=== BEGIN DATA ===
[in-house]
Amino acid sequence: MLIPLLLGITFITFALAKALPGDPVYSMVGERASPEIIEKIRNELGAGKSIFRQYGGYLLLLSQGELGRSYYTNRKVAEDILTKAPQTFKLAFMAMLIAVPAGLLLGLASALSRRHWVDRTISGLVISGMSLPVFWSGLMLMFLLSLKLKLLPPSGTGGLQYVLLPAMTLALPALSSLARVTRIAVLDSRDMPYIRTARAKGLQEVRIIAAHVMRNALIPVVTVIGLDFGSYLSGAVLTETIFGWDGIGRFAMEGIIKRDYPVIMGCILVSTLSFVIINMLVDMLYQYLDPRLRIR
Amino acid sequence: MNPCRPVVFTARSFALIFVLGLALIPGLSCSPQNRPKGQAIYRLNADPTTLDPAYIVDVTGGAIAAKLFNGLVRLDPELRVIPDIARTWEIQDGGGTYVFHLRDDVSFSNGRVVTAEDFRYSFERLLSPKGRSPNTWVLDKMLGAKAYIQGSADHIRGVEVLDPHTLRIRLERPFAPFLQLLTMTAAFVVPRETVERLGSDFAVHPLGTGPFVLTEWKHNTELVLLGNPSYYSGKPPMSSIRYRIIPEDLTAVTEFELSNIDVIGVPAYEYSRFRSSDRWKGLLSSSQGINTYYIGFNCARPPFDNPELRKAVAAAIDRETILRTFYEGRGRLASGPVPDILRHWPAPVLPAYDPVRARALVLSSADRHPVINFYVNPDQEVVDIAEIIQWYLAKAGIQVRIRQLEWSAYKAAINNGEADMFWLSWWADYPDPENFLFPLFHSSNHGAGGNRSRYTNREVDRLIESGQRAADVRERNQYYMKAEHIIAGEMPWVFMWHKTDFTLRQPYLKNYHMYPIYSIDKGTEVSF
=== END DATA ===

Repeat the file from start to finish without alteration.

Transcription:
[in-house]
Amino acid sequence: MLIPLLLGITFITFALAKALPGDPVYSMVGERASPEIIEKIRNELGAGKSIFRQYGGYLLLLSQGELGRSYYTNRKVAEDILTKAPQTFKLAFMAMLIAVPAGLLLGLASALSRRHWVDRTISGLVISGMSLPVFWSGLMLMFLLSLKLKLLPPSGTGGLQYVLLPAMTLALPALSSLARVTRIAVLDSRDMPYIRTARAKGLQEVRIIAAHVMRNALIPVVTVIGLDFGSYLSGAVLTETIFGWDGIGRFAMEGIIKRDYPVIMGCILVSTLSFVIINMLVDMLYQYLDPRLRIR
Amino acid sequence: MNPCRPVVFTARSFALIFVLGLALIPGLSCSPQNRPKGQAIYRLNADPTTLDPAYIVDVTGGAIAAKLFNGLVRLDPELRVIPDIARTWEIQDGGGTYVFHLRDDVSFSNGRVVTAEDFRYSFERLLSPKGRSPNTWVLDKMLGAKAYIQGSADHIRGVEVLDPHTLRIRLERPFAPFLQLLTMTAAFVVPRETVERLGSDFAVHPLGTGPFVLTEWKHNTELVLLGNPSYYSGKPPMSSIRYRIIPEDLTAVTEFELSNIDVIGVPAYEYSRFRSSDRWKGLLSSSQGINTYYIGFNCARPPFDNPELRKAVAAAIDRETILRTFYEGRGRLASGPVPDILRHWPAPVLPAYDPVRARALVLSSADRHPVINFYVNPDQEVVDIAEIIQWYLAKAGIQVRIRQLEWSAYKAAINNGEADMFWLSWWADYPDPENFLFPLFHSSNHGAGGNRSRYTNREVDRLIESGQRAADVRERNQYYMKAEHIIAGEMPWVFMWHKTDFTLRQPYLKNYHMYPIYSIDKGTEVSF